That stated, a number of solutions for hybrid mobile applications exist. These include HTML5 Canvas and WebGL, both of which are well-suited for building applications like games. Furthermore, technologies like these are more approachable for developers through libraries like Paper.js, EaselJS, and others. And it’s not just for game development. For developers building more traditional, line-of-business applications, there are many frameworks available.
Finally, it’s important to recognize that hybrid isn’t the be-all and end-all approach for mobile application development. Earlier in this article, I cited the challenge of overcoming the inconsistencies between WebViews. Other challenges remain. In fact, with hybrid, you can find yourself targeting the features of a mobile platform only to discover that they’re inaccessible because the plug-ins for them are out-of-date, unreliable, or (even worse) missing altogether. In this scenario, you are faced with the dilemma of either removing an application feature or writing the plug-in yourself.
If you find yourself developing an app that needs numerous native features, or an app where performance is critical to the success of the app, you may find the hybrid development model limiting. In this situation normally you would be forced to go all in with native development technologies, however, nowadays there are alternative approaches that let you build performant native apps without learning the ins and outs of tools like Xcode and Android Studio.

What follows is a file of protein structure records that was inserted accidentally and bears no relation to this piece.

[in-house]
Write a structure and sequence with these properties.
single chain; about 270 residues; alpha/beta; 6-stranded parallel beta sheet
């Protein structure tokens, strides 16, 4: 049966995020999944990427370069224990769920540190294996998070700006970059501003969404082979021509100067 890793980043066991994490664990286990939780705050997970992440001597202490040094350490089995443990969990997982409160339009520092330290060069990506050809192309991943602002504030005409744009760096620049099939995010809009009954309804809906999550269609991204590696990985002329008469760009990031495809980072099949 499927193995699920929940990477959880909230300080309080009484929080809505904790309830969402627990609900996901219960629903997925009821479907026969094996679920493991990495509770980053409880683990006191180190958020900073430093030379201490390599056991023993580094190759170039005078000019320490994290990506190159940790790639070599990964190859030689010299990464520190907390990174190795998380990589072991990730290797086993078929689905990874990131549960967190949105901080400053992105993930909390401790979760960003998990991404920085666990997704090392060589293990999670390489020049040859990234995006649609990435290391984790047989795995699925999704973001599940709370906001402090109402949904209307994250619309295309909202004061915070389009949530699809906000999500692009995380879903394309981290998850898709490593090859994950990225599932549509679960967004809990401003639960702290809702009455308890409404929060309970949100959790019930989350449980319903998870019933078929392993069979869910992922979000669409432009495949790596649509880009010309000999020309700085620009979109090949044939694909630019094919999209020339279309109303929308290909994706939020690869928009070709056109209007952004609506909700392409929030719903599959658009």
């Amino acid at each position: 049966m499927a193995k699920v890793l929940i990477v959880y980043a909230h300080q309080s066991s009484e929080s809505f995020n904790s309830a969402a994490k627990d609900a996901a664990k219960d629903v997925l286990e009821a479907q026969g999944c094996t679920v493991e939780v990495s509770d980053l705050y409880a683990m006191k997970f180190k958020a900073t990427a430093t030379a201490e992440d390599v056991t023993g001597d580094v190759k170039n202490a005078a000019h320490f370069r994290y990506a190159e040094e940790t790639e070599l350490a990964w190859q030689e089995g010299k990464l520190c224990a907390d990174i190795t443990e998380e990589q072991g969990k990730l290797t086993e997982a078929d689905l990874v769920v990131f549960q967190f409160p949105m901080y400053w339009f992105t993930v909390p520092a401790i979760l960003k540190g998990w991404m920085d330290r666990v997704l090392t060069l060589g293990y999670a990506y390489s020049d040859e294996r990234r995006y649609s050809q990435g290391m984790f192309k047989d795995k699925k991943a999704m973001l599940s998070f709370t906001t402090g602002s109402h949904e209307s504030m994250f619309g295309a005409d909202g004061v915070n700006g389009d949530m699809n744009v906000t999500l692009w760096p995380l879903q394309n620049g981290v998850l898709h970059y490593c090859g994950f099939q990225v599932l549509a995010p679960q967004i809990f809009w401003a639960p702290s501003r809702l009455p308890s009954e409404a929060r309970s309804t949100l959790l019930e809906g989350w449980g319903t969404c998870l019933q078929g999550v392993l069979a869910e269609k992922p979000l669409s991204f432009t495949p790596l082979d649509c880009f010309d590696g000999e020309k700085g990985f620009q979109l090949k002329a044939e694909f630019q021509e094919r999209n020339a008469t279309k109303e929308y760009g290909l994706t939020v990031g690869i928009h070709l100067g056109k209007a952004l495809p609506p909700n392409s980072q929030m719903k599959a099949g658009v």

If you’d like to give NativeScript a shot, start with one of the framework’s getting started tutorials.
If you’re coming from a web or hybrid development background, you may also find Nic Raboy’s guide for Upgrading Hybrid Apps to Native with NativeScript helpful, as it compares and contrasts web and native user interface implementations.
There are a number of well-known hybrid mobile applications available in app stores. Some of my favorites include Basecamp, Instagram, Yelp, Untappd, and SydJS. If you’re looking for more examples, you can check out the showcases for PhoneGap, Ionic, and AppGyver. They list applications that cover a wide range of categories, including line-of-business applications, games, and more.
If you’re curious to learn more about hybrid application development, I would encourage you to check out Apache Cordova, build a prototype, and evaluate the results for yourself. I would also recommend checking out NativeScript as it combines the best of all worlds; a web-like development environment with native capabilities. It’s a platform that can integrate with many popular IDEs like Visual Studio and Sublime Text, and it has a number of project templates to get you up and running quickly.
The thing to remember about mobile application development in general is that it’s not a single approach; rather, it’s a spectrum of options ranging between web and native. Determining if it’s the right choice for you requires evaluating the options presented in this article.
Header image courtesy of Luke Wroblewski